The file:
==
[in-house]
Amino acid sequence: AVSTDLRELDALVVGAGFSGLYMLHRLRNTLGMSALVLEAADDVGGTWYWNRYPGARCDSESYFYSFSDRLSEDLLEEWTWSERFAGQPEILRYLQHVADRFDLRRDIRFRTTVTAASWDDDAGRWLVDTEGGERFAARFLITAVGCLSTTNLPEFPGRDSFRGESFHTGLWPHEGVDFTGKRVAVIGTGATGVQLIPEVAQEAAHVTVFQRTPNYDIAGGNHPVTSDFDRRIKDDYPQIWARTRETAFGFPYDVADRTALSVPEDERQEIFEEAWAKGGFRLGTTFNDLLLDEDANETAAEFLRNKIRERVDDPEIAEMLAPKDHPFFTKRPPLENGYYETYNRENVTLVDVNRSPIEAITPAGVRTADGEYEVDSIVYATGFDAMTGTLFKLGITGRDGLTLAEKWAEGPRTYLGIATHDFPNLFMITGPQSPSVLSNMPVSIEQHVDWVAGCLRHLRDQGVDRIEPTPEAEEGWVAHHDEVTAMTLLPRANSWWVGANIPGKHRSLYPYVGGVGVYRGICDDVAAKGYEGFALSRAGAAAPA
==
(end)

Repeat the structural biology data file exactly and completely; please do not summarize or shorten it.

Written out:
[in-house]
Amino acid sequence: AVSTDLRELDALVVGAGFSGLYMLHRLRNTLGMSALVLEAADDVGGTWYWNRYPGARCDSESYFYSFSDRLSEDLLEEWTWSERFAGQPEILRYLQHVADRFDLRRDIRFRTTVTAASWDDDAGRWLVDTEGGERFAARFLITAVGCLSTTNLPEFPGRDSFRGESFHTGLWPHEGVDFTGKRVAVIGTGATGVQLIPEVAQEAAHVTVFQRTPNYDIAGGNHPVTSDFDRRIKDDYPQIWARTRETAFGFPYDVADRTALSVPEDERQEIFEEAWAKGGFRLGTTFNDLLLDEDANETAAEFLRNKIRERVDDPEIAEMLAPKDHPFFTKRPPLENGYYETYNRENVTLVDVNRSPIEAITPAGVRTADGEYEVDSIVYATGFDAMTGTLFKLGITGRDGLTLAEKWAEGPRTYLGIATHDFPNLFMITGPQSPSVLSNMPVSIEQHVDWVAGCLRHLRDQGVDRIEPTPEAEEGWVAHHDEVTAMTLLPRANSWWVGANIPGKHRSLYPYVGGVGVYRGICDDVAAKGYEGFALSRAGAAAPA